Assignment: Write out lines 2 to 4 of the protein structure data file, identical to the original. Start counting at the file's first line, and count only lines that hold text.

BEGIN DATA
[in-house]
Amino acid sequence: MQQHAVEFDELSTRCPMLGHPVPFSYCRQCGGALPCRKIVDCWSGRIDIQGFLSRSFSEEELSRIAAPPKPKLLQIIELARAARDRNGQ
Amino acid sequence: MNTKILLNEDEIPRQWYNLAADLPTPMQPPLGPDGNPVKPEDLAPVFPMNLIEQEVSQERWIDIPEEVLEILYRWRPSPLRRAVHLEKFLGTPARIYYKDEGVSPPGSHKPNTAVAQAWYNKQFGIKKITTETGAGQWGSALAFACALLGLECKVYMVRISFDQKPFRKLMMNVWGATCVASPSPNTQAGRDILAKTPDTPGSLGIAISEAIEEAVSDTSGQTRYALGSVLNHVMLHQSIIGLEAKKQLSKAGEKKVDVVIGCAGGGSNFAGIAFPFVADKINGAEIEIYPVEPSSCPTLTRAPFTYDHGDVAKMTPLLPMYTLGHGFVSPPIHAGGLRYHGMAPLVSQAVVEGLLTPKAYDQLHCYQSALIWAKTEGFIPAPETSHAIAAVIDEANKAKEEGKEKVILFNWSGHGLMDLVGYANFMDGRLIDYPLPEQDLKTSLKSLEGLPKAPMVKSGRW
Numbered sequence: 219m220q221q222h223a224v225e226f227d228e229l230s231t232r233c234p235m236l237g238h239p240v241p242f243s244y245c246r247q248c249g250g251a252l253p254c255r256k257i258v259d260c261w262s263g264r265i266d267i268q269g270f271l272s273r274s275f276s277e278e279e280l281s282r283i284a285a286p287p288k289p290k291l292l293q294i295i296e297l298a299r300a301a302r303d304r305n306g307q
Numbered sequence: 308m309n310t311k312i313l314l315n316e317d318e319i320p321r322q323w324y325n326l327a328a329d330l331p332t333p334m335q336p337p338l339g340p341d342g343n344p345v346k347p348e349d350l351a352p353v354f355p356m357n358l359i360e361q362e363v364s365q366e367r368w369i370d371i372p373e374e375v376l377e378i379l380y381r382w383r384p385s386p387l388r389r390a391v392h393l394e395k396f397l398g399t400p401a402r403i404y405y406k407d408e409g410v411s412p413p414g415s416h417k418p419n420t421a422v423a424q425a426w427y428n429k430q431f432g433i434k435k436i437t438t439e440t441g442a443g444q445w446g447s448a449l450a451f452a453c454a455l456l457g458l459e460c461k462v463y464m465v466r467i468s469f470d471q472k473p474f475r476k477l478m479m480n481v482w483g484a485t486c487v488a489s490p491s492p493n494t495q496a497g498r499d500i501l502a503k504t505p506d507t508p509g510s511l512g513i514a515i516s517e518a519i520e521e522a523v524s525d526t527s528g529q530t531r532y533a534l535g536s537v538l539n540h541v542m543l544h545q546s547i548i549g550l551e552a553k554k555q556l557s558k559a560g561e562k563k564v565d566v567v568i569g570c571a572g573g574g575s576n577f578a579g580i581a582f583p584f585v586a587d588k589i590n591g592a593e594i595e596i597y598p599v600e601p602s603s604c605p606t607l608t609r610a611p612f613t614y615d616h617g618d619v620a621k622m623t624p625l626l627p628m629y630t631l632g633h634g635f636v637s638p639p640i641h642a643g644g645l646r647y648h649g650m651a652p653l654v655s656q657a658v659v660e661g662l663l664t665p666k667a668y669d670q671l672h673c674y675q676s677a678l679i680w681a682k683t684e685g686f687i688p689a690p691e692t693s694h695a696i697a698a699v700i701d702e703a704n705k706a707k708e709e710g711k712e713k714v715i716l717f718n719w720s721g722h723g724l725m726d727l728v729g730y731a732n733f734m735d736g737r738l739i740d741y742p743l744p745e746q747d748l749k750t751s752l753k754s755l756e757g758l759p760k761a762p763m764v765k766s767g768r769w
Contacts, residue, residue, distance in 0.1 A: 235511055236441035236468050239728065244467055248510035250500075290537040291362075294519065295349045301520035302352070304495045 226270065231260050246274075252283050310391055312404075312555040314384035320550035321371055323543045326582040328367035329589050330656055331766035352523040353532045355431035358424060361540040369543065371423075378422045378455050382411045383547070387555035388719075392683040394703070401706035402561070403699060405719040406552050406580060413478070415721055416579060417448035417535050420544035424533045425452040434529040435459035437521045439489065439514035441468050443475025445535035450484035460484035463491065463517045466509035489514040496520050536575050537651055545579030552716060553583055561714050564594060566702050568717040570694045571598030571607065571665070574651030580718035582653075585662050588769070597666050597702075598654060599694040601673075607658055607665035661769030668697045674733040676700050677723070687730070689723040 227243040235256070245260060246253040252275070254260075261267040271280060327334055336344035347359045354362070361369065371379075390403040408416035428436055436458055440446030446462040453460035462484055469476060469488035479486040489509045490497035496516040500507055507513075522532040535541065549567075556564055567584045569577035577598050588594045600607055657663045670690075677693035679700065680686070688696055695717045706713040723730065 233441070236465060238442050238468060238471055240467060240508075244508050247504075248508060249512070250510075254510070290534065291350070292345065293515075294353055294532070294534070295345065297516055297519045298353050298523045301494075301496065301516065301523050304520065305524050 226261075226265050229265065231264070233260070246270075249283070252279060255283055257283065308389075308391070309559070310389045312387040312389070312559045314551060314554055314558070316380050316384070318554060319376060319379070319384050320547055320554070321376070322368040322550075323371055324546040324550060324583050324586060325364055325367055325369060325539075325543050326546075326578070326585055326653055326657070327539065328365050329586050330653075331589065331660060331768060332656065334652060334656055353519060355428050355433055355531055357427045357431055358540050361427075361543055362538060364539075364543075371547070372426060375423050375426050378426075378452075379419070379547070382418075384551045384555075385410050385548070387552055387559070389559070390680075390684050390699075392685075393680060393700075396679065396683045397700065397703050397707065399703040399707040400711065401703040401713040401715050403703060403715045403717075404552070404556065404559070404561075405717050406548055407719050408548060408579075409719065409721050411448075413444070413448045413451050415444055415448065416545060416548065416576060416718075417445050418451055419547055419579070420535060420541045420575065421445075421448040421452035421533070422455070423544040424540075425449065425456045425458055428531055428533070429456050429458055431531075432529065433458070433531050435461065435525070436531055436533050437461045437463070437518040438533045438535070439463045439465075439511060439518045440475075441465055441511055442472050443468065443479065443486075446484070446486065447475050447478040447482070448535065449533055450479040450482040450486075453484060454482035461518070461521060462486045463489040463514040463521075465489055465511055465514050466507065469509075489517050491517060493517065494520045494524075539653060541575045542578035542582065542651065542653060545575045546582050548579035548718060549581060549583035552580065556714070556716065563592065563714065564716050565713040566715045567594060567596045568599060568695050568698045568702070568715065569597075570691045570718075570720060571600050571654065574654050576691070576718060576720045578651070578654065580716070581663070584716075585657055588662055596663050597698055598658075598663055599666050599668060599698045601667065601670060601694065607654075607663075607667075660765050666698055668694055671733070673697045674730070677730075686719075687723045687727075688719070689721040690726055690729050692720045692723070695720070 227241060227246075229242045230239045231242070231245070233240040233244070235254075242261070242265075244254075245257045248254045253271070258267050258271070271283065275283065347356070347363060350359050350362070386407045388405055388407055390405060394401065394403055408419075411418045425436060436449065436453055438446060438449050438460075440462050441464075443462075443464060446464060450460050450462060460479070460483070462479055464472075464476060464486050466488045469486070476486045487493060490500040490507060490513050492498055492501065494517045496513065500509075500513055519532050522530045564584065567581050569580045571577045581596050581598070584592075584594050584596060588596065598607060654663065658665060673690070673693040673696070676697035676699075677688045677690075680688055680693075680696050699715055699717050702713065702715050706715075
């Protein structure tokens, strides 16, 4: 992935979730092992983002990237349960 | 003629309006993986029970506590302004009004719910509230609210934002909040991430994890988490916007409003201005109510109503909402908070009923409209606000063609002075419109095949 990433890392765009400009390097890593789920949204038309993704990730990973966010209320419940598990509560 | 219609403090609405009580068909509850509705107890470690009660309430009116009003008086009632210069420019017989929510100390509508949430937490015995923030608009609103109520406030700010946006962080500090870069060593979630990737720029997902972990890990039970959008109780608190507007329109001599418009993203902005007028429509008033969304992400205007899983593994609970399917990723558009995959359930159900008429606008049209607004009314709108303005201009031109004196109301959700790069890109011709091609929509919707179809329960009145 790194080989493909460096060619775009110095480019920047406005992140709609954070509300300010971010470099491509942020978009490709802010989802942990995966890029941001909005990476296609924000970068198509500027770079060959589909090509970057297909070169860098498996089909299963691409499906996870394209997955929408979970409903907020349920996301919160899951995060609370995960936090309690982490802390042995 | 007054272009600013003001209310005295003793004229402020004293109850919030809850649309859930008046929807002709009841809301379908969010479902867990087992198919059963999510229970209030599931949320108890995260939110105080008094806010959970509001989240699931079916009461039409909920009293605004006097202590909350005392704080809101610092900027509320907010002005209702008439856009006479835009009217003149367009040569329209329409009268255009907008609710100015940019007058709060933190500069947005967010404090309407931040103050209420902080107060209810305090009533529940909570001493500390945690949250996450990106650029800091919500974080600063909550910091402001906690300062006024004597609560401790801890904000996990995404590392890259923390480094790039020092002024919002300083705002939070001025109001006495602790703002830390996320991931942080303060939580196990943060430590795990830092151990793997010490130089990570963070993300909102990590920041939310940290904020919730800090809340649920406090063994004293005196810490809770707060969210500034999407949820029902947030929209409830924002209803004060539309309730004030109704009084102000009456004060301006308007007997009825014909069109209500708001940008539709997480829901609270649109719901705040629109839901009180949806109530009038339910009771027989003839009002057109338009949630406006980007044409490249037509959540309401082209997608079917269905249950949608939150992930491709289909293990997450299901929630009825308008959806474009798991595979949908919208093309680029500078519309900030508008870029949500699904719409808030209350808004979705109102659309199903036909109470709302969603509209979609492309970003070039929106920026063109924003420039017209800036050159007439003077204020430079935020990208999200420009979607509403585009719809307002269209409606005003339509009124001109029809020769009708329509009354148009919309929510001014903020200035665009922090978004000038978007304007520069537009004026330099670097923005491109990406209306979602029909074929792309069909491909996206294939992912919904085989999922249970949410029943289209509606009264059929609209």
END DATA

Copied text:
Amino acid sequence: MQQHAVEFDELSTRCPMLGHPVPFSYCRQCGGALPCRKIVDCWSGRIDIQGFLSRSFSEEELSRIAAPPKPKLLQIIELARAARDRNGQ
Amino acid sequence: MNTKILLNEDEIPRQWYNLAADLPTPMQPPLGPDGNPVKPEDLAPVFPMNLIEQEVSQERWIDIPEEVLEILYRWRPSPLRRAVHLEKFLGTPARIYYKDEGVSPPGSHKPNTAVAQAWYNKQFGIKKITTETGAGQWGSALAFACALLGLECKVYMVRISFDQKPFRKLMMNVWGATCVASPSPNTQAGRDILAKTPDTPGSLGIAISEAIEEAVSDTSGQTRYALGSVLNHVMLHQSIIGLEAKKQLSKAGEKKVDVVIGCAGGGSNFAGIAFPFVADKINGAEIEIYPVEPSSCPTLTRAPFTYDHGDVAKMTPLLPMYTLGHGFVSPPIHAGGLRYHGMAPLVSQAVVEGLLTPKAYDQLHCYQSALIWAKTEGFIPAPETSHAIAAVIDEANKAKEEGKEKVILFNWSGHGLMDLVGYANFMDGRLIDYPLPEQDLKTSLKSLEGLPKAPMVKSGRW
Numbered sequence: 219m220q221q222h223a224v225e226f227d228e229l230s231t232r233c234p235m236l237g238h239p240v241p242f243s244y245c246r247q248c249g250g251a252l253p254c255r256k257i258v259d260c261w262s263g264r265i266d267i268q269g270f271l272s273r274s275f276s277e278e279e280l281s282r283i284a285a286p287p288k289p290k291l292l293q294i295i296e297l298a299r300a301a302r303d304r305n306g307q